Growing up, I was one of those kids who didn’t have an original NES. I always had PC games to play (and I played plenty of them), but there was always something magical about the NES. I never felt like any of the PC games I had could capture the awesomeness of something like Super Mario Bros. or The Legend of Zelda. Luckily, a friend decided it would be an acceptable choice to let me borrow his NES for a few months some time back in 1989 or 1990, and I finally had a chance to catch up.
At one point previously, a different friend of mine demonstrated Final Fantasy to me. It reminded me a lot of the Ultima series, one of my favorite PC RPGs, which got me really excited. Unfortunately, I did not have a copy of Final Fantasy and the prospect of buying a game for a system I did not own was obviously unacceptable. Luckily, this was the era when video stores rented NES cartridges. The store my family regularly went to had two copies of the game, so I rented it one weekend and started playing.
Many Friday and Saturday night rentals later, I finished the game (with a fair amount of assistance from the official Nintendo Power Final Fantasy Strategy Guide, borrowed from yet another friend). As it was my first JRPG experience, I enjoyed it quite a bit and made a point to get myself some sort of video game console so I could play more of these games. I always kept my eyes open for JRPG ports on the PC, but that was a relatively rare event in the 1990s.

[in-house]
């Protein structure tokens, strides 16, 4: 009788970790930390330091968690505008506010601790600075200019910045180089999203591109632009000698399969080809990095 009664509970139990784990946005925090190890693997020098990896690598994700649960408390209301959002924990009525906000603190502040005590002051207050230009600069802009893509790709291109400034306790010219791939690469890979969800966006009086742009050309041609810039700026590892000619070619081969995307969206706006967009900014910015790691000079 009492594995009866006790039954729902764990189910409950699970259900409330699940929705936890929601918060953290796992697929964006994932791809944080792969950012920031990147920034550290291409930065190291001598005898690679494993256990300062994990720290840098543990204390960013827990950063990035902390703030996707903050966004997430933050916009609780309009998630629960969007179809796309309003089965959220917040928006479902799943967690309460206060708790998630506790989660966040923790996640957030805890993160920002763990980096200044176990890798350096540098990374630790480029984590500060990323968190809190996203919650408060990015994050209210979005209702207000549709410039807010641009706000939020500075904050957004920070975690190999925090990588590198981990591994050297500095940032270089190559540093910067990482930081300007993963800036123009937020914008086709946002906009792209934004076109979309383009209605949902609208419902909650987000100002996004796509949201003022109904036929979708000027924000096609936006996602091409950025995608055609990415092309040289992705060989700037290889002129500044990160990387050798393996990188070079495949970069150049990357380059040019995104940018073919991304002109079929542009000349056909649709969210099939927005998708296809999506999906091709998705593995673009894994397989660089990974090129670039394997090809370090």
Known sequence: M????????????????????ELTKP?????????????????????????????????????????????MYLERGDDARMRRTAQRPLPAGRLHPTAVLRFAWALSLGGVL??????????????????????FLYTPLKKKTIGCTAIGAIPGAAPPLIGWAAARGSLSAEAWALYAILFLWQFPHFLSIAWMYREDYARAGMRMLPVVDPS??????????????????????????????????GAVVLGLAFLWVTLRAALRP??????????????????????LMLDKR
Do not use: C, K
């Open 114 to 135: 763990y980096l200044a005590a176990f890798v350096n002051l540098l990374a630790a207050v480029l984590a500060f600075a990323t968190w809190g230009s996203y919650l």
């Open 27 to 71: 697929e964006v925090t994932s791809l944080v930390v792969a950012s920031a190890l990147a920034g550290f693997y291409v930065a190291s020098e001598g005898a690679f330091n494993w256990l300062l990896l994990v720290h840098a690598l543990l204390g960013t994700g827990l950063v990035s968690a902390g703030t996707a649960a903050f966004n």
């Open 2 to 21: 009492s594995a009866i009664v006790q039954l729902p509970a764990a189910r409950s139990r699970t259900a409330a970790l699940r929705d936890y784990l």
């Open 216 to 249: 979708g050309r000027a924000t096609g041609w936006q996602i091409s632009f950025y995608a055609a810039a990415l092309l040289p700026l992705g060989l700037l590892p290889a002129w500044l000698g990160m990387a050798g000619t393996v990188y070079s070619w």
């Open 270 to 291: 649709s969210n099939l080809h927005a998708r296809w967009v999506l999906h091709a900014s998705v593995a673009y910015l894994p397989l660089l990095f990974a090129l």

Looking back, it occurs to me that one of the things that appealed the most to me as a PC RPG player was the linearity of the game. Where a game like Bard’s Tale or Ultima threw you into “the world” and let you figure it out on your own, Final Fantasy was a relatively directed game. You begin the game stuck on an island with only one dungeon to explore. When you complete that, you get to move onto another land mass with a cave and a city to explore. Each piece gives you access to a little bit more of the world, but that little bit ends up being the next bit you needed.
I will undoubtedly have more to say about the game as I continue to play through it, but here’s to the beginning of the Final Fantasy. Final, insomuch that there have been some twenty something sequels.